These questions suggest several areas of discussion:

  • What are the social implications of CMC? Does communication via a network impact how people interact with each other?
  • How does the combination of technology and communications impact education?
  • Some technologies allow for synchronous and asynchronous communications, others simulate classroom learning environments, while still others can be targeted to specific educational theories and learning styles. Which technologies best support my own teaching/learning needs?

Implementing Computer Mediated Communications in the Classroom

Computer Mediated Communications offers a rich set of tools that can be used to support a variety of learning experiences. The instructor is not limited to one set of services or tools but can use several to create a learning environment which will best suit his or her students’ learning needs.

As illustrated in the tables below each tool offers its own strengths and weaknesses.

Blog or Weblog

A blog is an asynchronous communication tool that acts as an online space for journaling and gathering links related to topics of interest. In general blogs are maintained by one person (although some blogs may be set up to allow multiple authors) and entries are loaded in a chronological manner with the newest post located at the top. Blogs allow readers to comment on posts and those comments are attached to the related post. Most blogs have searchable archives. Updated blogs can be ?pushed? to users via RSS (Really Simple Syndication or Rich Site Summary) into a blog reader (a tool that allows users to track all of the blogs they are interested in one location). One of the great strengths of web logs is the ease of linking. If you comment on an article on the web, it is easy to link directly to it. This makes it much easier for the reader to follow up references and research matters in greater depth. It also allows you to comment on items you disagree with and link to the original so that the reader may make up his or her mind. This allows the reader to interact with the bibliography, rather than the bibliography merely being something at the end of the article.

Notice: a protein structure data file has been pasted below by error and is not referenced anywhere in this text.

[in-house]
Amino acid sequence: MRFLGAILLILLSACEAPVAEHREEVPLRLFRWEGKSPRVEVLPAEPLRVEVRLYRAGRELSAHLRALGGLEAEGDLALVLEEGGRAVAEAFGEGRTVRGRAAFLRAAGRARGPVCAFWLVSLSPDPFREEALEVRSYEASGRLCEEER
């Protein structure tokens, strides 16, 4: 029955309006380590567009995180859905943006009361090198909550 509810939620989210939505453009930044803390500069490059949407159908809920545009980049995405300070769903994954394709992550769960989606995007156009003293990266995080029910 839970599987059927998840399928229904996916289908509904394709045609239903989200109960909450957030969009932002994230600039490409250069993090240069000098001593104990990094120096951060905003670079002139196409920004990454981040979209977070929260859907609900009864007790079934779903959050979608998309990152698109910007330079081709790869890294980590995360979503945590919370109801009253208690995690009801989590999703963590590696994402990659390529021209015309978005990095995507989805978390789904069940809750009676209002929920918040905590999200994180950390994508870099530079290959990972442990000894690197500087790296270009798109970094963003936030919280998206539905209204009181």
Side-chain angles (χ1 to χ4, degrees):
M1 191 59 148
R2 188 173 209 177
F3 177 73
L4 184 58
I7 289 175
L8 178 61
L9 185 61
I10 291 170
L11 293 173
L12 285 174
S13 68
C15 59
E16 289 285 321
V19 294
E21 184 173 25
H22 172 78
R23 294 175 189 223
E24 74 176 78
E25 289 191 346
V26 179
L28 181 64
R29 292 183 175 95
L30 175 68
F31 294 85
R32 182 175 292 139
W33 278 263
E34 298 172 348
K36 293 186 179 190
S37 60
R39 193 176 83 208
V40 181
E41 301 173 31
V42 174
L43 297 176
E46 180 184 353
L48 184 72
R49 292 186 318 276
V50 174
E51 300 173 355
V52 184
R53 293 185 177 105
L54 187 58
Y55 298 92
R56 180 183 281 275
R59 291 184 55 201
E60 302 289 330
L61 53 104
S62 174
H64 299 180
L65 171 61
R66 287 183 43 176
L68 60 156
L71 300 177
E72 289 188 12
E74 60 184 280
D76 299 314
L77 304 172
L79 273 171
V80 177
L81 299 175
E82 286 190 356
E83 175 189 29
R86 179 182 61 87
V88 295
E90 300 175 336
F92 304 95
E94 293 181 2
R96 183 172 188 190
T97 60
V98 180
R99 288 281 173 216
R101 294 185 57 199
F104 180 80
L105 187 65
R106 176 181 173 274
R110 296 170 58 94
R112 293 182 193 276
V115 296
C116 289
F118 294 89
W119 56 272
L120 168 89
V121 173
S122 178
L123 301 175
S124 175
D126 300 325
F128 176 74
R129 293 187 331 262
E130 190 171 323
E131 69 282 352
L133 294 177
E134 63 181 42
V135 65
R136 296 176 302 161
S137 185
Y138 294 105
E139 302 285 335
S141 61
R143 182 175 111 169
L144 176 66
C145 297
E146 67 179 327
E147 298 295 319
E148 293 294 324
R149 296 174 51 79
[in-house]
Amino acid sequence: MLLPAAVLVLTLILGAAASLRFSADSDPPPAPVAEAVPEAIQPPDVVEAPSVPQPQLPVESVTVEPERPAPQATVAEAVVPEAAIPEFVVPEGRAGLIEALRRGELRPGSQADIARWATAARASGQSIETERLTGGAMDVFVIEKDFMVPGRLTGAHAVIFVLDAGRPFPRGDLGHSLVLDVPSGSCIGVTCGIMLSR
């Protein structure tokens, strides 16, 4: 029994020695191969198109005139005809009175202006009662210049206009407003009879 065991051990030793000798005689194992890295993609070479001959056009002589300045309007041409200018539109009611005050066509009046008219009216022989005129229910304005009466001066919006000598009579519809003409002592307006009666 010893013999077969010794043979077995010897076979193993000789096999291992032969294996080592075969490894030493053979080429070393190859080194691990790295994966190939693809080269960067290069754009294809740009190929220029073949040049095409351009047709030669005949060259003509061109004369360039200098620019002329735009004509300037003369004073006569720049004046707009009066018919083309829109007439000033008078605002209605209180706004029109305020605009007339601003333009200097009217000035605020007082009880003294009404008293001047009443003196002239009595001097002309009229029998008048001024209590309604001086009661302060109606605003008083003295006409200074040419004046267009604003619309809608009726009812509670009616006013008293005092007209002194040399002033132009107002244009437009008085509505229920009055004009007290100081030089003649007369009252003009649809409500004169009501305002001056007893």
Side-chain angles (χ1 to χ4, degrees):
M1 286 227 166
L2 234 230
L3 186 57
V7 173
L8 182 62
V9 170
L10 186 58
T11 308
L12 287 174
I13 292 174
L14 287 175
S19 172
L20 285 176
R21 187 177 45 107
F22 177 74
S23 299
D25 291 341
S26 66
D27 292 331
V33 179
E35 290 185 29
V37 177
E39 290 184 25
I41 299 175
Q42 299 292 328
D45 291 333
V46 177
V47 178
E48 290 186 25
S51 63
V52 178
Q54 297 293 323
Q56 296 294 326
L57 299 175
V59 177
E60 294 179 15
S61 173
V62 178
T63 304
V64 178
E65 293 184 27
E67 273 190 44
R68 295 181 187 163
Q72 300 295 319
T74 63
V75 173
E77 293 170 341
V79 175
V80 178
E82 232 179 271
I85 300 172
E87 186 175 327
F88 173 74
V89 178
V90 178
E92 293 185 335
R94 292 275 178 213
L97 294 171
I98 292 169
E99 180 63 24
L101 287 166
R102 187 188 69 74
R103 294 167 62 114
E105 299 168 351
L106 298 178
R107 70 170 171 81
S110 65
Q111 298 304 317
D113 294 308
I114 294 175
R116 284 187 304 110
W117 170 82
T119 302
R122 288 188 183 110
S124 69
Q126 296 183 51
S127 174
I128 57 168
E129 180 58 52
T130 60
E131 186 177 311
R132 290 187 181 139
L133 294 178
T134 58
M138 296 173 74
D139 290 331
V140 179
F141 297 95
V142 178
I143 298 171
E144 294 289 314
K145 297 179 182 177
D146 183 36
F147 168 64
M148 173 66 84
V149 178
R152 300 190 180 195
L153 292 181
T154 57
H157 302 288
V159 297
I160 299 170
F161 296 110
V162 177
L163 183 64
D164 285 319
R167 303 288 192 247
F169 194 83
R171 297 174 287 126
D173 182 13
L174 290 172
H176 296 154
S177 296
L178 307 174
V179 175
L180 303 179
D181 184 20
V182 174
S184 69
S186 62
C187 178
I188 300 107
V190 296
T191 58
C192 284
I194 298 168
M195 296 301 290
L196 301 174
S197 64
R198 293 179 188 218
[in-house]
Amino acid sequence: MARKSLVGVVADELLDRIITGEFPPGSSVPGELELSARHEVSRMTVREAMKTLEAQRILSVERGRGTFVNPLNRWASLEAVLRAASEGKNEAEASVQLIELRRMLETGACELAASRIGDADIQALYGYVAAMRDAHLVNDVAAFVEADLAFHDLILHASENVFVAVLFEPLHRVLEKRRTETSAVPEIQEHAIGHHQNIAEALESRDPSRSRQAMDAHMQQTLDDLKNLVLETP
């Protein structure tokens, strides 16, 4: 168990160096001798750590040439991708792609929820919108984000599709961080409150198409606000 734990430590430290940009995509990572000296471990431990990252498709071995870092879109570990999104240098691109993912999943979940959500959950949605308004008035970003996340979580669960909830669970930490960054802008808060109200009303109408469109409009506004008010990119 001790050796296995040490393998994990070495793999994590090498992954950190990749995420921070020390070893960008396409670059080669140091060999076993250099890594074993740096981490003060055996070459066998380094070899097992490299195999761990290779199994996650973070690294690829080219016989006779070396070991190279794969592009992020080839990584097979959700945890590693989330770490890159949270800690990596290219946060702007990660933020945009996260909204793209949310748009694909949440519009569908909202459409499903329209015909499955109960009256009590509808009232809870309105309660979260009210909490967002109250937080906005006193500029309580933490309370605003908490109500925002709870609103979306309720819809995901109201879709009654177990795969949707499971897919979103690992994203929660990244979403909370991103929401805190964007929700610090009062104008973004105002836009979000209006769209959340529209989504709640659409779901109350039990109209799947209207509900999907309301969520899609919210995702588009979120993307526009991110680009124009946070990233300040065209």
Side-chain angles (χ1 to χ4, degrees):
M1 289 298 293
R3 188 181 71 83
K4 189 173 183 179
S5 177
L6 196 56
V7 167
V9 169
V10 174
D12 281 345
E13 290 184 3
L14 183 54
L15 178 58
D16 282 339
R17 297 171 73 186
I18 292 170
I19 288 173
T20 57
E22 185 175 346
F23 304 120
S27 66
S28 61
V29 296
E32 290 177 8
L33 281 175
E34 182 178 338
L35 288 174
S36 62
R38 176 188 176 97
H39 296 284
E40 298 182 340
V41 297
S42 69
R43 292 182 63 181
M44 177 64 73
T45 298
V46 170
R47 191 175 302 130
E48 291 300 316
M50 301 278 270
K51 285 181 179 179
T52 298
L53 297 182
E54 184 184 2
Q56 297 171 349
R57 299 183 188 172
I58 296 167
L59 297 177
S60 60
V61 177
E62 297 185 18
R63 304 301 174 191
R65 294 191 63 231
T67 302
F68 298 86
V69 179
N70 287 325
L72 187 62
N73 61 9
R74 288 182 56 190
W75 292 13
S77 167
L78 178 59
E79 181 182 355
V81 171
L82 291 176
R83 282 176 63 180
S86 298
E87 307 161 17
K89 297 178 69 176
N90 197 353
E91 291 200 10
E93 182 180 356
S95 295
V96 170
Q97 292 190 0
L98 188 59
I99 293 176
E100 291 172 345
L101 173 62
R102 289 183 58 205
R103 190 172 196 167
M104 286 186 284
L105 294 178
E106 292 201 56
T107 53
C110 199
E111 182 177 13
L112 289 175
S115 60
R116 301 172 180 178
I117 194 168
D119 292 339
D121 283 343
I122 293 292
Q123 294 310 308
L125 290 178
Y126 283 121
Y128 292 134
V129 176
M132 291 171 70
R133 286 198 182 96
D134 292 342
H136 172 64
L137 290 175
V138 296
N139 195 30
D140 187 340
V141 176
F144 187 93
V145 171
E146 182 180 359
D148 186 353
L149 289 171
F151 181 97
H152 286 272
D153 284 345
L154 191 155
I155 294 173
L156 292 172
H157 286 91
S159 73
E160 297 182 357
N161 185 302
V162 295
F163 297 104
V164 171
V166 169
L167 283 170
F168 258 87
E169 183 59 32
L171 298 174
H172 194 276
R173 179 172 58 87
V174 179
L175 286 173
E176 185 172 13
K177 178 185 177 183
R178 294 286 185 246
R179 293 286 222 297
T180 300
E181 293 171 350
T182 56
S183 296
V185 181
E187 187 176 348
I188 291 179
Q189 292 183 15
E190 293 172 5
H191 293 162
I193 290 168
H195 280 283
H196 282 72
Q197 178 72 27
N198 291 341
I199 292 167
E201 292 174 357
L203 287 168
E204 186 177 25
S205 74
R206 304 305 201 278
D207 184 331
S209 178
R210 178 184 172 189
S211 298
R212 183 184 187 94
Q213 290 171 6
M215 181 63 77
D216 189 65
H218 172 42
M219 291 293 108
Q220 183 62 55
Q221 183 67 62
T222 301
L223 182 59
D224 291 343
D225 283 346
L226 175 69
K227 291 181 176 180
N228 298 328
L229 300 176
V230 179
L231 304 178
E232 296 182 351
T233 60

What Works

  • Students have a chance to reflect as individuals
  • Students can collect their research links in one spot
  • Students can receive contextual feedback from their peers and instructor in one space (via the comment function)
  • RSS allow new posts to be ?pushed? to requesting parties

What Does Not Work

  • Many students do not feel comfortable journaling in an open forum
  • Maintaining a blog takes time and commitment

Instructional Uses

  • Students can be asked to blog (or reflect) about their learning experiences.
  • Students can be asked to blog about their portion of a group project (and post links to collected research materials).
  • Students can be asked to blog writing samples (for creative writing classes).